Right, let’s get a few things straight shall we? I have woken up this morning to be bombarded by assertions from various sections the media and the usual plethora of pundits telling me that last night’s 2-2 draw with Brazil in the newly refurbished Maracana Stadium was a great result for England. And on the face of it they’re all correct. In fact, the Three Lions almost committed daylight robbery to steal victory; one which would have been the first by a visiting European nation on Brazilian soil since John Barnes waltzed unchallenged through a second string Seleção defence 29 years ago. But in reality what we saw was one of the poorest Brazilian sides of the last 25 years completely dominate Roy Hodgson’s team and then take their foot off the gas at the 60-minute-mark when they thought they’d done enough.


And for anyone who doubts the lack of quality in Luis Felipe Scolari’s men then I recommend you actually watch them regularly. They’re poor and the Brazilian public knows it and if things don’t improve soon, ‘Big Phil’ has a fight on his hands to retain his position for the World Cup in 12 months time. They totally dominated England for the first hour of the contest and should have been out of sight but profligacy in front of goal and lack of composure with the final pass cost them dearly. The English finally awoke to make a contest of this money-making jolly to Rio de Janiero and were very close to shocking Brazil on their big night; the re-opening of their iconic Maracana. But no one should be fooled by the last 30 minutes or the parity on the scoresheet. England are dreadful and there are many reasons for this.

Anybody who watched ITV’s coverage, hosted by the gargoyle-featured Adrian Chiles in partnership with Gareth Southgate, a man so boring he makes me want to drill through my own temples to bring relief to my brain and the perpetually edgy Roy Keane, will have had the bleeding obvious pointed out to them repeatedly. England can’t keep the ball. England cannot retain possession, and do you know what?….maybe it’s time we didn’t try.

For about the last 20 years since the days of the Charles Hughes book of tactics and technique was derided as being medieval in it’s footballing approach we have been brainwashed into thinking that English players should be taught to play like the Dutch, the Germans, the Spanish, the French or even the Martians…anybody but ourselves. Well here’s the thing. It doesn’t work. The more we play tippy-tappy slow-slow-even-slower football because we think by passing the ball to death we are somehow elevating ourselves to the status of our continental cousins, the more we are kidding ourselves. When did this ever work for England? We have struggled to qualify for most of the last six or seven tournaments against opposition from many countries who didn’t exist 20 years ago or who have populations that number roughly the same as that of Yorkshire. And when did we last perform for 90 minutes in a tournament match? Having wracked my brain throughout the evening I suggest it was against Croatia at Euro 2004. Yes 2004! We have been embarrassing at the last two World Cups against the might of Algeria and Trinidad and Tobago so maybe it’s time we went back to playing like we know how and how we did for the last 20 minutes of the game against Brazil last night. We must play with pace and movement, two things so sadly lacking from 90% of English performances over the last decade. It worked in 1996 for Terry Venables and it certainly worked in 1990 under Bobby Robson, so Mr.Hodgson, if you’re reading (you’re not, I know), let’s play like England again rather than a pedestrian version of someone else. It worked last night after all.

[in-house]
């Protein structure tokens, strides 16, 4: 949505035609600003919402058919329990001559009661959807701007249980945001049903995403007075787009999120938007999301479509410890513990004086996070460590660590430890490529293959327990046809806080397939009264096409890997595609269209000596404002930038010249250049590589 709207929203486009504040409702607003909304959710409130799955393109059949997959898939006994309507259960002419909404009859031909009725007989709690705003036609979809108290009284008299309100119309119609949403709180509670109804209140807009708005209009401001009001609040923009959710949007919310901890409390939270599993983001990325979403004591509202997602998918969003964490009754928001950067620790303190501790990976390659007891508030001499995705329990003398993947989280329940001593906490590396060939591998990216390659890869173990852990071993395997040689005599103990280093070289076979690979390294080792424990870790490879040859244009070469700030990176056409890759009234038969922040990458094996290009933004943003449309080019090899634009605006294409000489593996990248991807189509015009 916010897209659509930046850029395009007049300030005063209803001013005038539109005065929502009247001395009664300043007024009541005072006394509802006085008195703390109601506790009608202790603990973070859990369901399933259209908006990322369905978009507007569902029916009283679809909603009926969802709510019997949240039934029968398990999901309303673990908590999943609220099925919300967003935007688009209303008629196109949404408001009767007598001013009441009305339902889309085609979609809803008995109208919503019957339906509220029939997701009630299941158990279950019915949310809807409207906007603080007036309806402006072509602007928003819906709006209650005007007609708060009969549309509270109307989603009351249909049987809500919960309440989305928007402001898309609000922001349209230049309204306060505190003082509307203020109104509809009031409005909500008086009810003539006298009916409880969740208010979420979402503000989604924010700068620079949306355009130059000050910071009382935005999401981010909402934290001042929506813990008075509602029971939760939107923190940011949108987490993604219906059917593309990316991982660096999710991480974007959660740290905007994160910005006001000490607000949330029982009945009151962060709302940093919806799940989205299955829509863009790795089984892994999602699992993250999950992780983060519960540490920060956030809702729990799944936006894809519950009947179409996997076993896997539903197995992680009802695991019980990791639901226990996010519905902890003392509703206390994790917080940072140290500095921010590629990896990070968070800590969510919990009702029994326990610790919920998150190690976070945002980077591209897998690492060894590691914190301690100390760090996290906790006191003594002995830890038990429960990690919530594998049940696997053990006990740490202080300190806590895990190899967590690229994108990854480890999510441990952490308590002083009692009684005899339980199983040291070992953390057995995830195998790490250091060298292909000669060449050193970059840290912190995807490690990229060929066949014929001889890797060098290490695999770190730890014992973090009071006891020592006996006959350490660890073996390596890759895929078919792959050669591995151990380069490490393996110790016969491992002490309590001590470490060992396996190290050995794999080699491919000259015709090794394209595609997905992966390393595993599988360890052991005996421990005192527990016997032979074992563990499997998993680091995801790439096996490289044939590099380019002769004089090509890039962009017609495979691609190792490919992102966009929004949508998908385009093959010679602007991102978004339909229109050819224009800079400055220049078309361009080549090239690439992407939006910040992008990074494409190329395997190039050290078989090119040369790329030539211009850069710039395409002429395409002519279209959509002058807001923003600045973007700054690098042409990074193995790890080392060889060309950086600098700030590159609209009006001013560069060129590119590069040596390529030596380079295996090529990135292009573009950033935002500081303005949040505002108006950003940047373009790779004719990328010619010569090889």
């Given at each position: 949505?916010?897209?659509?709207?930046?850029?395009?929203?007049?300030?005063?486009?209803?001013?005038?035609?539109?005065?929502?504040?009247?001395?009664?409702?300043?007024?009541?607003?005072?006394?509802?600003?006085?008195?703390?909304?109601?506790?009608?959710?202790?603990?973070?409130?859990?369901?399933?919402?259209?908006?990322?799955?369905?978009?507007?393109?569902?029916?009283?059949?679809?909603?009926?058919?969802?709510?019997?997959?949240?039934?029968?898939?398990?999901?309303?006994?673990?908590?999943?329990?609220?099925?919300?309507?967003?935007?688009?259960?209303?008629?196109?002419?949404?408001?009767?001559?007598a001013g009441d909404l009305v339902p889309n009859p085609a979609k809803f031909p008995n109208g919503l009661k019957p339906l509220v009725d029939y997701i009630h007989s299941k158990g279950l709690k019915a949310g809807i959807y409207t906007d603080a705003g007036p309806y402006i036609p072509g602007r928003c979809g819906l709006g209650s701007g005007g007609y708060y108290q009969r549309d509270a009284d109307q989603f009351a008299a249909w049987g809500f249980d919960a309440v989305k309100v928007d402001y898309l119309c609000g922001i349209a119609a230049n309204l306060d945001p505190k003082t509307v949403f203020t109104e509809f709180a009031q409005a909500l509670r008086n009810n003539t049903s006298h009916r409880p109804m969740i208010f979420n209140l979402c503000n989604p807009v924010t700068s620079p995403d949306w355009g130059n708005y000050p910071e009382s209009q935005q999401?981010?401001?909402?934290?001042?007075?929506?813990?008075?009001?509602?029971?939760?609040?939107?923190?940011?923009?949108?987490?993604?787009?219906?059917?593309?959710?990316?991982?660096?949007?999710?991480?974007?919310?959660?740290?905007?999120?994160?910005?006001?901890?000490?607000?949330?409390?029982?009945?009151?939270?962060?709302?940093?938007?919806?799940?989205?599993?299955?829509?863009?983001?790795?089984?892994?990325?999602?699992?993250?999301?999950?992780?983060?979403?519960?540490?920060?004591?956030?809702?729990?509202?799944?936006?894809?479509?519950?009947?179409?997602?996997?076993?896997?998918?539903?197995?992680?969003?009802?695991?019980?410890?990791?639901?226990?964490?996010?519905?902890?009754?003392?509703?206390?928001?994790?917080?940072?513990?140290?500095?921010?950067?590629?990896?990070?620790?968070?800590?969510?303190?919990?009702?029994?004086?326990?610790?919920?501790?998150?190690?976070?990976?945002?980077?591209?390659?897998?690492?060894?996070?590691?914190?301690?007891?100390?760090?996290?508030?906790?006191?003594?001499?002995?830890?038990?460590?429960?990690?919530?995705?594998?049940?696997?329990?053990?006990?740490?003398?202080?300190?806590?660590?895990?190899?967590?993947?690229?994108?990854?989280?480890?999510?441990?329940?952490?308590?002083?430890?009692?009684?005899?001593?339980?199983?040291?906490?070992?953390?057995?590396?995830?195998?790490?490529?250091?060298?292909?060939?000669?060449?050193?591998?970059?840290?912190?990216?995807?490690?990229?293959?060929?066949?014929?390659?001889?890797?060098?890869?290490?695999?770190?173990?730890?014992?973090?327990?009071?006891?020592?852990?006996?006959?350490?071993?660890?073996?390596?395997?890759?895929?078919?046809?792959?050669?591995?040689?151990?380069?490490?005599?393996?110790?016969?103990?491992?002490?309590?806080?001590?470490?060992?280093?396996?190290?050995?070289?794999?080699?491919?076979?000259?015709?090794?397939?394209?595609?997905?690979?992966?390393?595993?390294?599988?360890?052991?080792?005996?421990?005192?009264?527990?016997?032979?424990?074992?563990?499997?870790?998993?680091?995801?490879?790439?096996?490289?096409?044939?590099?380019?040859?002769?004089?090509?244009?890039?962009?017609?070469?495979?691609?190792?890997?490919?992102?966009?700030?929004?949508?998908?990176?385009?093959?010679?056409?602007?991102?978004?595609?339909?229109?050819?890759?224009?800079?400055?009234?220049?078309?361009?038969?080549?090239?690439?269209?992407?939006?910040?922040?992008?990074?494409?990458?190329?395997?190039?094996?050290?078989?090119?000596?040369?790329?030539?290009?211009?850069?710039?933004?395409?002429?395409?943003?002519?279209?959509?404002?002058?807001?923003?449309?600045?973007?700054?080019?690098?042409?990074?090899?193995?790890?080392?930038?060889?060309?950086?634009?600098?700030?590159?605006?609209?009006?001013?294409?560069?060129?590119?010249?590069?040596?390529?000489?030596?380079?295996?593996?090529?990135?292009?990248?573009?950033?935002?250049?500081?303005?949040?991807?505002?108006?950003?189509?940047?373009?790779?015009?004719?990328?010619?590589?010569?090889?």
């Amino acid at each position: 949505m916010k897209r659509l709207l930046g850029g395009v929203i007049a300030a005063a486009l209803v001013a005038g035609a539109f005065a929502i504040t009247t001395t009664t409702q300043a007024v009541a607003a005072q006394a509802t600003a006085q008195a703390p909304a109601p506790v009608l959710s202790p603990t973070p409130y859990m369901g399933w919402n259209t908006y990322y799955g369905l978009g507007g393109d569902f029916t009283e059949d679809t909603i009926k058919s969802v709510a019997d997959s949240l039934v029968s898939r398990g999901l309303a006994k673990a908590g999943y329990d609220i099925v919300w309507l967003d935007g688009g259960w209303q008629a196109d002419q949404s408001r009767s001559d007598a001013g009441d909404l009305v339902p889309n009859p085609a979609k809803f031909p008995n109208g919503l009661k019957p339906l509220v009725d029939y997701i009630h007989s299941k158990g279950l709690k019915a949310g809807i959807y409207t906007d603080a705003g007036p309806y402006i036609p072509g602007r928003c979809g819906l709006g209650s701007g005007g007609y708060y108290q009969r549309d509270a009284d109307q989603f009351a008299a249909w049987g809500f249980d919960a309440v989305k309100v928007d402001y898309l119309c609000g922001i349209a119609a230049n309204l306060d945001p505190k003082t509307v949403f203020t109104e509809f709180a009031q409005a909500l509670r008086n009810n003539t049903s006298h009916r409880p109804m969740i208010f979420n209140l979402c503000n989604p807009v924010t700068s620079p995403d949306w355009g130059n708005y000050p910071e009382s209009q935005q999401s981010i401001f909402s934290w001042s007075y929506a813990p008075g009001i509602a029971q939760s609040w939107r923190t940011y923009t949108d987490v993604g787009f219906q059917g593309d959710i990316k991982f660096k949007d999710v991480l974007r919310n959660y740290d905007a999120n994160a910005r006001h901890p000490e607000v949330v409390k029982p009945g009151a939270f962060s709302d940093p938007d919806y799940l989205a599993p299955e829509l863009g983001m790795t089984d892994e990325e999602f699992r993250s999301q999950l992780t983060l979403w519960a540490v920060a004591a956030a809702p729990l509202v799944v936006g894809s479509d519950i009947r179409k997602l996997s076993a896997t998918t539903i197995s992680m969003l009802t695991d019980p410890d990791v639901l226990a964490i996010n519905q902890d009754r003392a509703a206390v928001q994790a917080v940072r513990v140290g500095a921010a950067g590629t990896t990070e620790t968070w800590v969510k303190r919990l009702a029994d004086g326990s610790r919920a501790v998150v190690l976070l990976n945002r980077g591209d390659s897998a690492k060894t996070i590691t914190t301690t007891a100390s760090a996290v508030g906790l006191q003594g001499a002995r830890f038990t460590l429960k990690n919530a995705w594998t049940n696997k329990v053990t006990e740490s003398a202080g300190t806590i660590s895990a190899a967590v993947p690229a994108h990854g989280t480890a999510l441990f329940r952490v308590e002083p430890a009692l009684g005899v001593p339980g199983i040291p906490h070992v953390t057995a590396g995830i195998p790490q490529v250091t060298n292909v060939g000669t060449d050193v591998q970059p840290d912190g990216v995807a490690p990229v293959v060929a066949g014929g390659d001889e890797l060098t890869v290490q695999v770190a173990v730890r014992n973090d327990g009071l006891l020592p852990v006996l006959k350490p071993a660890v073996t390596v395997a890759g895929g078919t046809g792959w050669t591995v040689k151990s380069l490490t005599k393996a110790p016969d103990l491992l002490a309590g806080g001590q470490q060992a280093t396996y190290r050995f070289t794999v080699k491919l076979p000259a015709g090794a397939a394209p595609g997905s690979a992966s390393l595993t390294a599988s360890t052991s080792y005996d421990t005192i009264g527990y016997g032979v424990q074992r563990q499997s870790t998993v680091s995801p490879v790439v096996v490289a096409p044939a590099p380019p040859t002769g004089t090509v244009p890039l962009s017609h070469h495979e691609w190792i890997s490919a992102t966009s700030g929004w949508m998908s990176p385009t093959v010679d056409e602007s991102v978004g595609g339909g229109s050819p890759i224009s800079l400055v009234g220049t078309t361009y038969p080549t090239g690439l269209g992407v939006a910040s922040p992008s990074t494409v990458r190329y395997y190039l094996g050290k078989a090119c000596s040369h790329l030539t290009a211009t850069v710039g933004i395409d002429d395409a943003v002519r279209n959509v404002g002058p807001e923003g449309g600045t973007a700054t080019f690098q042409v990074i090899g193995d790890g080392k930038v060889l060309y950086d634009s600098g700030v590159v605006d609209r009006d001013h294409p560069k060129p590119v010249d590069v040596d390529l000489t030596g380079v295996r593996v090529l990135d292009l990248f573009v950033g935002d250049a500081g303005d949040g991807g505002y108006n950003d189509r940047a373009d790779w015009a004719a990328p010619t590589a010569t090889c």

Player reviews:

Joe Hart
Best game in ages. Saved England from humiliation with a string of top saves. Looked assured.

Glen Johnson
Whenever I say his name my head involuntarily shakes from side to side. Surely there must be a better English right back? Surely? There must be. Surely?

Leighton Baines
Seemed to be injured from very early on and went off in the first half. Still doesn’t look as assured for England as he does at Everton.

Phil Jagielka
Steady Eddie will always give 100%. Did OK.

Gary Cahill
Often loses his man or his positional sense. He will be a weak link against the top teams

Phil Jones
Is anymore proof needed that the lad isn’t a central midfielder?

Michael Carrick
A bit like my Ikea coffee table; Functional, not ugly but hardly ever likely to dazzle anyone with it’s beauty. Totally overhyped.

Frank Lampard
It was sometime in the early part of the second half when I realised he was playing. Ineffective like so many appearances with the Three Lions.

James Milner
Proven Premier League performer who will run all day long but is about as much use as tits on a snake at international level.

Theo Walcott
Can’t pass a football to save his life can he? His legs are way too fast for his brain to keep up which was perfectly demonstrated each time he thrashed wildly at the ball in vain attempts to aim the ball towards a team mate, usually at the wrong time.

Wayne Rooney
Never been the same since that hair transplant. Heavily deflected goal being lauded as a wonder strike by the stupid media.

Ashley Cole
Does exactly what it says on the tin. Solid

Jack Rodwell
The £12 million (snigger) Manchester City midfielder had no time to show what he’s not very capable of.

Alex Oxlade-Chamberlain
The young man, who was last seen disappearing up his own jacksie in North London around the start of the season, has been woeful in his last few England appearances and not much better in his rare run-outs for Arsenal. Hopefully he isn’t believing his own hype and last night’s excellent goal can kick start improvement in his game.